After dinner, we floated another mile so we weren’t sleeping near where we had cooked. I spotted hundreds of places to camp in a five-minute span, but Dave nixed them all. Maybe it’s a guy thing, this need to find the perfect campsite. After a long day of paddling or hiking, I’m only interested in a semi-dry spot that, ideally, is at least a little wider than I am. All of the men I have traveled with seek out campsites as though we are going to start our lives anew on that spot. Dave was no exception. I have never slept so comfortably on a pile of rocks in my life than I did when he finally picked the perfect location.

Camping in Alaska has challenges you don’t find in other places. I call those challenges “bears.” When canoeing in Vermont, at the end of the day you pull your boats out of the water, grab a cooler and chair and sit next to your tent to have dinner. In Alaska, setting up camp takes a lot more time. You have to unload everything from your boat so Mister Bear can see that there is nothing to dig through. The bear might dig around anyway, but you can try. Anything that smells like food, has ever contained food or was in the vicinity when someone was talking about food must be hung from a tree in a way that no bear can reach it. The tree must have a branch at least 20 feet from the ground that extends at least 15 feet away from the trunk of the tree, and has no other branches near it. There must not be another tree nearby that the bear could climb to get to the food in your tree. The branches on the tree must be strong enough to support the load of your cache of food, but not strong enough to support the weight of a bear. There are no such trees in Alaska. Once you figure that out, you can cache your food in a pile at least 100 feet from your tent, 100 feet from where you cooked (which is at least 100 feet from your tent) and another 100 feet from your boat. Dave likes to cover it all with a tarp and then put pots and pans on top of it all so we can listen to the bear ripping our stuff apart.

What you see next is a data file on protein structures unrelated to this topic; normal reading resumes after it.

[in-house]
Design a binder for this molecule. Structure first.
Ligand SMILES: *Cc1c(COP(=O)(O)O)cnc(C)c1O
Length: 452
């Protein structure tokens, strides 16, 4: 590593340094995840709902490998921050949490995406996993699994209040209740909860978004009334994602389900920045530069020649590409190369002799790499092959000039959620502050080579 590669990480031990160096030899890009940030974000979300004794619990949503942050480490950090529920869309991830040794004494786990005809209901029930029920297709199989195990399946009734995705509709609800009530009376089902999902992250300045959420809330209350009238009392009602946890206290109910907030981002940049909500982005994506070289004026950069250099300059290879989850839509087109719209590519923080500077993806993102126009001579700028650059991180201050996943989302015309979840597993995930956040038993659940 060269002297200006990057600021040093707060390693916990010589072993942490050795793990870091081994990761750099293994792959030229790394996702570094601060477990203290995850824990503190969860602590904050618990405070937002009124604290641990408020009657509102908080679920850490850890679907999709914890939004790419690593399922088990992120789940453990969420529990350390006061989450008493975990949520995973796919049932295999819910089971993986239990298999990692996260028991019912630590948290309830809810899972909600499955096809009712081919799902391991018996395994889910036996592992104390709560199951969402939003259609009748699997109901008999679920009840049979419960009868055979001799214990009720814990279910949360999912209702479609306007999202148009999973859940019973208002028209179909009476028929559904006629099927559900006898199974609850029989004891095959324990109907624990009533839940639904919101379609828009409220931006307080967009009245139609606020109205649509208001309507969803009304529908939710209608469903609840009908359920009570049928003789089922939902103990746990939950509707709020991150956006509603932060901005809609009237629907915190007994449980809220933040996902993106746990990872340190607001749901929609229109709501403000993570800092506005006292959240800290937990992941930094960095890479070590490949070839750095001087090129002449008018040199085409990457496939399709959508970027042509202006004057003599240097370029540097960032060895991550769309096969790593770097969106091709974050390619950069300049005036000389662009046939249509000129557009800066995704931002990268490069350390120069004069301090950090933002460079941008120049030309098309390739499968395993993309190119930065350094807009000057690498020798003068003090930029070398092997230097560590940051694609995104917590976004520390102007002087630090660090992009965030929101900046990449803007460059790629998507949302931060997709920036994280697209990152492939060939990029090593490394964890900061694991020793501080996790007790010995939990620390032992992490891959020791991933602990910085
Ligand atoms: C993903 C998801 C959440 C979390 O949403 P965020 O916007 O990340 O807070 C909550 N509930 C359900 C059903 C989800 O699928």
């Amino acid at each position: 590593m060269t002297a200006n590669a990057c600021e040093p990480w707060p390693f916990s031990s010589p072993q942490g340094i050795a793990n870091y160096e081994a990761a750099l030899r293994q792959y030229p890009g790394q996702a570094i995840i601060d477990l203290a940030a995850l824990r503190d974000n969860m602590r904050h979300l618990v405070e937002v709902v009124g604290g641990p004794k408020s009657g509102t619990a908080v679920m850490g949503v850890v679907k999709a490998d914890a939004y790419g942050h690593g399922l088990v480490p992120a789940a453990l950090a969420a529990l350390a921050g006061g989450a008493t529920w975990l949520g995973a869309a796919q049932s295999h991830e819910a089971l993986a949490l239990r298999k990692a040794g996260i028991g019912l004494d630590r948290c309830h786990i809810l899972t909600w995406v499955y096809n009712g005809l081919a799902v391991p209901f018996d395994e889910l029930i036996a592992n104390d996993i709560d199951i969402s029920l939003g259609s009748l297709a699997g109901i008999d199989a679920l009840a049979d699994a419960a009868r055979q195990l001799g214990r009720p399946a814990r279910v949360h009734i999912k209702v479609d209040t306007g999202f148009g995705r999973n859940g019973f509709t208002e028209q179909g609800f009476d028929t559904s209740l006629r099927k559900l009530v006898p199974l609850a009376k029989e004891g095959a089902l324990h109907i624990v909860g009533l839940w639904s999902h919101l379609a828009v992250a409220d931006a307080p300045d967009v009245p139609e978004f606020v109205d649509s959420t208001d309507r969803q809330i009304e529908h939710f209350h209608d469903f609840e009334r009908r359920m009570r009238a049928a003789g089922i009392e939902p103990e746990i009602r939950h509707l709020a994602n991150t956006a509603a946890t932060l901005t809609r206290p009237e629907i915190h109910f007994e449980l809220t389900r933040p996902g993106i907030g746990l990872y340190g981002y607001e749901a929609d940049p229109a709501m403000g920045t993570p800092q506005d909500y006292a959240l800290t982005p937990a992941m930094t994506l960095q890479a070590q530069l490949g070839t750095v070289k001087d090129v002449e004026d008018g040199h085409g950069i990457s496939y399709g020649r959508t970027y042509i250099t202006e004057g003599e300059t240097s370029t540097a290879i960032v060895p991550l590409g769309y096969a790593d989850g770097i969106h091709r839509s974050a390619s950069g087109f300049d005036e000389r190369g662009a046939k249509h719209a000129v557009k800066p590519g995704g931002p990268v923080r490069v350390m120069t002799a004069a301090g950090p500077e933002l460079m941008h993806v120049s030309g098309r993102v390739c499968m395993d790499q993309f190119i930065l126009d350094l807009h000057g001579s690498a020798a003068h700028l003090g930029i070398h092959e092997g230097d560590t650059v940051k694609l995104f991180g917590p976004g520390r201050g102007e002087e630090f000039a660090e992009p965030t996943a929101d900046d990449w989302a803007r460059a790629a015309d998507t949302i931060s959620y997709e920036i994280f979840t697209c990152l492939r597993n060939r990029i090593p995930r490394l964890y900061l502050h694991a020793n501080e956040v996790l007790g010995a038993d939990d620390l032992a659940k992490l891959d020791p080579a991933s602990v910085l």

The dark fall sky in Alaska almost guarantees northern lights, but I’m not really a “vivid greens and purples dancing across the starry sky” kind of writer. Yep, we saw them. Yep, they were cool. We saw caribou swimming, too. Not at the same time as we saw the lights.

I generally took the lead with our two boats, mostly because I hadn’t figured out this whole “float trip” thing and insisted on paddling. Dave was much better at floating than I was. The first time we saw a herd of caribou I scared them off by yelling, “Hey Dave, look at the caribou!” Not a good way to show Dave the front half of an animal. After that we worked out a system—I’d raise my paddle above my head to signal Dave to look onshore. Much less alarming to a caribou, I must admit, and they’d watch us drift past. A few would jump up from their resting position, ready to bolt the moment we crossed an invisible line they’d drawn in the gravel that we never crossed.

Navigating the Rapids